Im Focus: A quantum walk of photons

Physicists from the University of Würzburg are capable of generating identical looking single light particles at the push of a button. Two new studies now demonstrate the potential this method holds.

The quantum computer has fuelled the imagination of scientists for decades: It is based on fundamentally different phenomena than a conventional computer....

Im Focus: Turmoil in sluggish electrons’ existence

An international team of physicists has monitored the scattering behaviour of electrons in a non-conducting material in real-time. Their insights could be beneficial for radiotherapy.

We can refer to electrons in non-conducting materials as ‘sluggish’. Typically, they remain fixed in a location, deep inside an atomic composite. It is hence...

Im Focus: Wafer-thin Magnetic Materials Developed for Future Quantum Technologies

Two-dimensional magnetic structures are regarded as a promising material for new types of data storage, since the magnetic properties of individual molecular building blocks can be investigated and modified. For the first time, researchers have now produced a wafer-thin ferrimagnet, in which molecules with different magnetic centers arrange themselves on a gold surface to form a checkerboard pattern. Scientists at the Swiss Nanoscience Institute at the University of Basel and the Paul Scherrer Institute published their findings in the journal Nature Communications.

Ferrimagnets are composed of two centers which are magnetized at different strengths and point in opposing directions. Two-dimensional, quasi-flat ferrimagnets...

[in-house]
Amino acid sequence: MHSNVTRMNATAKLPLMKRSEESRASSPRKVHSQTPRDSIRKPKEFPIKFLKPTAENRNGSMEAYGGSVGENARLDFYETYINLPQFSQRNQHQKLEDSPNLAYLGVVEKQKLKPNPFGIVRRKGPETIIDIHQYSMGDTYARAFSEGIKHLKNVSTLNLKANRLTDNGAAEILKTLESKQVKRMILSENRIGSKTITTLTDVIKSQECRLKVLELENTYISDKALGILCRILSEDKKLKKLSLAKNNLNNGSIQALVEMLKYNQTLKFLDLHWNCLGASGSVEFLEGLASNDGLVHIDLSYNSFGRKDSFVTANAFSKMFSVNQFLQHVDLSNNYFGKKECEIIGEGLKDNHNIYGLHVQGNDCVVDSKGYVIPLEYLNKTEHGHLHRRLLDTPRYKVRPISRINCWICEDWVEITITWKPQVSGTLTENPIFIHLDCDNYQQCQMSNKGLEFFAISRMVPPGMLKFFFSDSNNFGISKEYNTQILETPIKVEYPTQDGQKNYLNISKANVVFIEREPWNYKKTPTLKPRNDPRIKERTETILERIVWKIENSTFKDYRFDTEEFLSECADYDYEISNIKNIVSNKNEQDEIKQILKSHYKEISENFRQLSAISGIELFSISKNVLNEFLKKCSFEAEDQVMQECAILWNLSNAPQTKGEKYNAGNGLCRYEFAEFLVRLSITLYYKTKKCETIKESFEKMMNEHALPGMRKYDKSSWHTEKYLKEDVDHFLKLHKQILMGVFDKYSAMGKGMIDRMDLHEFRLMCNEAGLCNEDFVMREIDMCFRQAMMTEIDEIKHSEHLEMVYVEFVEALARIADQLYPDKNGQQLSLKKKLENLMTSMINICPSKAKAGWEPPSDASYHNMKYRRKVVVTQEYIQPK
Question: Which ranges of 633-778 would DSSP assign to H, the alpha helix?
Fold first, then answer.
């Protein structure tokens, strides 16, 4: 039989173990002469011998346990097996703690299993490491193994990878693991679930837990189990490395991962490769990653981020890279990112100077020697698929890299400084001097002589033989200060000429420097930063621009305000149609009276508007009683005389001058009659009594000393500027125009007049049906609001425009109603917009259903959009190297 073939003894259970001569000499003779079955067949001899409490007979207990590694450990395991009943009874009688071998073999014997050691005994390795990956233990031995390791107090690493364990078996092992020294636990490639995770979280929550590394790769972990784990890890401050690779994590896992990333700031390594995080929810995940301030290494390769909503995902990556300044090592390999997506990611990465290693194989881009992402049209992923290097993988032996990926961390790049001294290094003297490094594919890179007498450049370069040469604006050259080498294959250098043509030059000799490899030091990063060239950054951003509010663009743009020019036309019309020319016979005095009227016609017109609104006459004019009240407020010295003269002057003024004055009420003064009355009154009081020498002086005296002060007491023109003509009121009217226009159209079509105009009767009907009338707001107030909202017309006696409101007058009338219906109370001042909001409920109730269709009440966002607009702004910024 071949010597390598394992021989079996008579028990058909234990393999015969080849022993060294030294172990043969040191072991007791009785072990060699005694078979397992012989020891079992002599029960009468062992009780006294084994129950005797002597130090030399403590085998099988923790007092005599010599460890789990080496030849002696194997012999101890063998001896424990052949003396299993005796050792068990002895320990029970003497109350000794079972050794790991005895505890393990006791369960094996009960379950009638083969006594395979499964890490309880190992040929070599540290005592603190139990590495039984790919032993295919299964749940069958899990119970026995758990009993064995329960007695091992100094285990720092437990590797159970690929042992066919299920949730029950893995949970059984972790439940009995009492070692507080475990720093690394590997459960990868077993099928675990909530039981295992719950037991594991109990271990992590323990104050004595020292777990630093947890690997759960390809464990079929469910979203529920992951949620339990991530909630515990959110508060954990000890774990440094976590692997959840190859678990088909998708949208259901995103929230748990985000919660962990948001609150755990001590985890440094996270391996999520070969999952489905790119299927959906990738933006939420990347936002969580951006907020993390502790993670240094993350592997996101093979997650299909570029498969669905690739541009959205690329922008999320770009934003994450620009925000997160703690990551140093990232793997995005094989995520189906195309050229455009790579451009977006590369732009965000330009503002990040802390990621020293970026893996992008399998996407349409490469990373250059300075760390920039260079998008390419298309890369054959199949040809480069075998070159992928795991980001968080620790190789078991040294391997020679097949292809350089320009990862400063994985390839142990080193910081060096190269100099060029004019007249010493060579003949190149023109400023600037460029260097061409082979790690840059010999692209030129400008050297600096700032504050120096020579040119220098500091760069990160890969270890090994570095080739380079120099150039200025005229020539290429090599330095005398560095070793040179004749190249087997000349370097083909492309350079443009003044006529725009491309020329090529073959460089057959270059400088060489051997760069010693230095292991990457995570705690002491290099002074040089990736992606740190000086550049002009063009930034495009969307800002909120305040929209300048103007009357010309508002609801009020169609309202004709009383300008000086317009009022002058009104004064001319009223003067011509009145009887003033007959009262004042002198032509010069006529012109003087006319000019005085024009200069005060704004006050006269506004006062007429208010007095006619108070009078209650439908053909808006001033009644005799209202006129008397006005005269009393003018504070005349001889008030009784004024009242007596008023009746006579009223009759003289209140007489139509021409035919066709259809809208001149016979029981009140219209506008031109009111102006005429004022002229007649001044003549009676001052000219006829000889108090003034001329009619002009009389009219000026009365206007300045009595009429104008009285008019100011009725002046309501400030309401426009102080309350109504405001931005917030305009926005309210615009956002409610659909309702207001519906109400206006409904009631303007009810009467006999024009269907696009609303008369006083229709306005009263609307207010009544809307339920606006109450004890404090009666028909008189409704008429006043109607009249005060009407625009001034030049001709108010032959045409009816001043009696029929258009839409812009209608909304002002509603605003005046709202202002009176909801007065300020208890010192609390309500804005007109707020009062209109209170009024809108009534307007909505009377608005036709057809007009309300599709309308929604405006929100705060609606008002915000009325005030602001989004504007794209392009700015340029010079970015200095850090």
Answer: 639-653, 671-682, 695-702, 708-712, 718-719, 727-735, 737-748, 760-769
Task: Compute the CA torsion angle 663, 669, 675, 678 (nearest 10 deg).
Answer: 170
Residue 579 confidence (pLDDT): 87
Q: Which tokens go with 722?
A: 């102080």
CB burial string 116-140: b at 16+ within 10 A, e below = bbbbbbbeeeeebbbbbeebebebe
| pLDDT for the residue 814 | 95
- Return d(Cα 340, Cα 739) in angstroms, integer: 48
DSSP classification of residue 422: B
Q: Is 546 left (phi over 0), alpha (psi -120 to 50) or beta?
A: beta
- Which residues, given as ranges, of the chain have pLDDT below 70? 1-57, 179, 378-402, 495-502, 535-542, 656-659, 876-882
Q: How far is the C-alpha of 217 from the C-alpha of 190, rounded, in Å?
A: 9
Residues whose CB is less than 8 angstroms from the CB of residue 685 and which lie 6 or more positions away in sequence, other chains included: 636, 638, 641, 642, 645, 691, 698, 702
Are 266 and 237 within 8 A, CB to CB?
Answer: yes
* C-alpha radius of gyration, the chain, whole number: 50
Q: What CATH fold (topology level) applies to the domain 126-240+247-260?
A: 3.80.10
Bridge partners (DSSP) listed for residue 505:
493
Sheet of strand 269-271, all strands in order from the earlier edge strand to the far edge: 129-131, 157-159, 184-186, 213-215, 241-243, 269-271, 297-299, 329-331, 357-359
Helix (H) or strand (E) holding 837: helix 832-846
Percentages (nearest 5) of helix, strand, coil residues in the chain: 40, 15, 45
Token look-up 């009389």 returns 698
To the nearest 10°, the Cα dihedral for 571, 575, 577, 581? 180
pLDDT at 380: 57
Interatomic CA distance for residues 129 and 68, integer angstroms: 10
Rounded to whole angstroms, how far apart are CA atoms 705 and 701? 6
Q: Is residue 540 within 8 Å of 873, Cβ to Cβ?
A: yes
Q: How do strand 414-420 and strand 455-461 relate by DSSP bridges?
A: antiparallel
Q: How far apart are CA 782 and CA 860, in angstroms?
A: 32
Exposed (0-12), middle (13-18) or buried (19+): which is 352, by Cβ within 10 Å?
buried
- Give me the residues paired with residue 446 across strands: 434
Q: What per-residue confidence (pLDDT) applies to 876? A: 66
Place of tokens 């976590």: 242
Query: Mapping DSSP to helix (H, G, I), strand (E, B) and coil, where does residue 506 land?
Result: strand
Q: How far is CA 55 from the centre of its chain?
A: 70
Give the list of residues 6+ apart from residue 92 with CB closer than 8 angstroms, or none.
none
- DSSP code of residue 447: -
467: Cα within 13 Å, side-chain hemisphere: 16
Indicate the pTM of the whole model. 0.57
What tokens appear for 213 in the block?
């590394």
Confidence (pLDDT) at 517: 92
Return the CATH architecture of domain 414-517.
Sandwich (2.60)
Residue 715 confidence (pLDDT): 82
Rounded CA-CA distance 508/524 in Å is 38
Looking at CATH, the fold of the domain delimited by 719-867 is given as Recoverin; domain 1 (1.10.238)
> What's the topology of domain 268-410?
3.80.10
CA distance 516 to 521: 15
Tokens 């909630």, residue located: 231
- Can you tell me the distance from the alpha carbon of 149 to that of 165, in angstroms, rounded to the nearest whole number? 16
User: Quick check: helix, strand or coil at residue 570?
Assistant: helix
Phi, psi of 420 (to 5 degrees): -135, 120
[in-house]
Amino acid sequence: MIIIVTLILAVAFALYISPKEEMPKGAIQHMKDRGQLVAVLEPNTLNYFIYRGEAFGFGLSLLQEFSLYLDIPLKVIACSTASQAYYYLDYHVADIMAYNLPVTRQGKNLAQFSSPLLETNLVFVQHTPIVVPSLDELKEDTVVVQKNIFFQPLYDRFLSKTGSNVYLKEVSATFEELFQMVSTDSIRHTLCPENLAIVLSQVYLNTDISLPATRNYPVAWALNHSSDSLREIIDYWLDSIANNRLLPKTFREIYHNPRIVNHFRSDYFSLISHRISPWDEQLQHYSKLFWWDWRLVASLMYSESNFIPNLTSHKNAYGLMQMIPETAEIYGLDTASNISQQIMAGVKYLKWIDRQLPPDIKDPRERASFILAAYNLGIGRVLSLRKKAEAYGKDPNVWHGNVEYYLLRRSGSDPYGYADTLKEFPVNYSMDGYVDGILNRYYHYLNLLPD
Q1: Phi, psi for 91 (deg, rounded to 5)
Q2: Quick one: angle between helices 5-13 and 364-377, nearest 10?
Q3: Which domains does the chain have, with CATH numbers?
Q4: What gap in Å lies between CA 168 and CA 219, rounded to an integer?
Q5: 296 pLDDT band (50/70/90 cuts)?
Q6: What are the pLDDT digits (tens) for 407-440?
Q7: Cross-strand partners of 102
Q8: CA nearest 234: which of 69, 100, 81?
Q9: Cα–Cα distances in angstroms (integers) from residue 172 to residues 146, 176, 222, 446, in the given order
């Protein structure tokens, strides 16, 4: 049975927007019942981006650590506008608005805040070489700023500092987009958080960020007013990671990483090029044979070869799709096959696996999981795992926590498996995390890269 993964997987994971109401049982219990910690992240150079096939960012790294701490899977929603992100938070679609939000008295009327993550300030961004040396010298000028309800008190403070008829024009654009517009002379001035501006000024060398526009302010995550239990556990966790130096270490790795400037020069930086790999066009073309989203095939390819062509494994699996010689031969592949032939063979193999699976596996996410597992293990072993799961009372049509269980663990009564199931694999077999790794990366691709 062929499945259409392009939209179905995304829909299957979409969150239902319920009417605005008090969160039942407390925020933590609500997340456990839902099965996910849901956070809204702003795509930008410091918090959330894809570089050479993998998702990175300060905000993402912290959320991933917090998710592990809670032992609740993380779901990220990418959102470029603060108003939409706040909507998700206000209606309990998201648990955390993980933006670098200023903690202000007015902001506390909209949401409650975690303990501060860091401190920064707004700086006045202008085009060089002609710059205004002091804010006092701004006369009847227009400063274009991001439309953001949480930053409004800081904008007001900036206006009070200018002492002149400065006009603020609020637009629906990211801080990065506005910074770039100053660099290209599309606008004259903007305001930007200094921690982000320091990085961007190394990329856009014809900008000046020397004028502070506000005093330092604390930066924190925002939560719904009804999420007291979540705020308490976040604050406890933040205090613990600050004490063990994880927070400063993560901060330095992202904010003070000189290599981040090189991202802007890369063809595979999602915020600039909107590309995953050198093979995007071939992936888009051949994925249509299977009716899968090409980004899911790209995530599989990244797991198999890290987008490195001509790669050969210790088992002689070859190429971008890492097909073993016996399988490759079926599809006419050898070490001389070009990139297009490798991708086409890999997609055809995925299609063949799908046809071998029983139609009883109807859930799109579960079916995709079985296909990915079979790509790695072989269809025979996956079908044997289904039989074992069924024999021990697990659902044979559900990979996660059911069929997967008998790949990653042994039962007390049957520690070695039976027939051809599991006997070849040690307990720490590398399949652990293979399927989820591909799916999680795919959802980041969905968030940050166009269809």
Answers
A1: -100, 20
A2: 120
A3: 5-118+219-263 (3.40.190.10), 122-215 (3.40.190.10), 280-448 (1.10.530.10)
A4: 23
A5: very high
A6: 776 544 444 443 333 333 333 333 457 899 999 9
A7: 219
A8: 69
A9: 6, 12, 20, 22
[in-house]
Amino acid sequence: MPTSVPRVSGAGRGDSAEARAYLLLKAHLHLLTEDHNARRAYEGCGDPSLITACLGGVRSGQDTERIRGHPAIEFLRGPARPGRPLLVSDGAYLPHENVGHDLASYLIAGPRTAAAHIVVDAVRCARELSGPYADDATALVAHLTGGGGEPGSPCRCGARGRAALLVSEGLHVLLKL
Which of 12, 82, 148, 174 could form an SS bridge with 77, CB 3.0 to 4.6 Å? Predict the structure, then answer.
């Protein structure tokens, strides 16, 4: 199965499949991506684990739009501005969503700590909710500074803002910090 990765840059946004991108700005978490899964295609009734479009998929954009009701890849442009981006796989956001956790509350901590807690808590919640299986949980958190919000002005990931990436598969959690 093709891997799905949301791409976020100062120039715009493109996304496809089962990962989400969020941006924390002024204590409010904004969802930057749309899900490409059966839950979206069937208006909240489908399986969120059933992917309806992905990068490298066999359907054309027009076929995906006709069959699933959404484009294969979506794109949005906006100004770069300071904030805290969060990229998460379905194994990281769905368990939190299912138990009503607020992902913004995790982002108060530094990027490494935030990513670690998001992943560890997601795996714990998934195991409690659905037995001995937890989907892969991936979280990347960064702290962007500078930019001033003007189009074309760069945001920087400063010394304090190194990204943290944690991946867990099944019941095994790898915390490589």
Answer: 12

Im Focus: World's thinnest hologram paves path to new 3-D world

Nano-hologram paves way for integration of 3-D holography into everyday electronics

An Australian-Chinese research team has created the world's thinnest hologram, paving the way towards the integration of 3D holography into everyday...

Im Focus: Using graphene to create quantum bits

In the race to produce a quantum computer, a number of projects are seeking a way to create quantum bits -- or qubits -- that are stable, meaning they are not much affected by changes in their environment. This normally needs highly nonlinear non-dissipative elements capable of functioning at very low temperatures.

In pursuit of this goal, researchers at EPFL's Laboratory of Photonics and Quantum Measurements LPQM (STI/SB), have investigated a nonlinear graphene-based...

All Focus news of the innovation-report >>>

Anzeige

Anzeige

Event News

Marine Conservation: IASS Contributes to UN Ocean Conference in New York on 5-9 June

24.05.2017 | Event News

AWK Aachen Machine Tool Colloquium 2017: Internet of Production for Agile Enterprises

23.05.2017 | Event News

Dortmund MST Conference presents Individualized Healthcare Solutions with micro and nanotechnology

22.05.2017 | Event News

 
Latest News

Physicists discover mechanism behind granular capillary effect

24.05.2017 | Physics and Astronomy

Measured for the first time: Direction of light waves changed by quantum effect

24.05.2017 | Physics and Astronomy

Marine Conservation: IASS Contributes to UN Ocean Conference in New York on 5-9 June

24.05.2017 | Event News

VideoLinks
B2B-VideoLinks
More VideoLinks >>>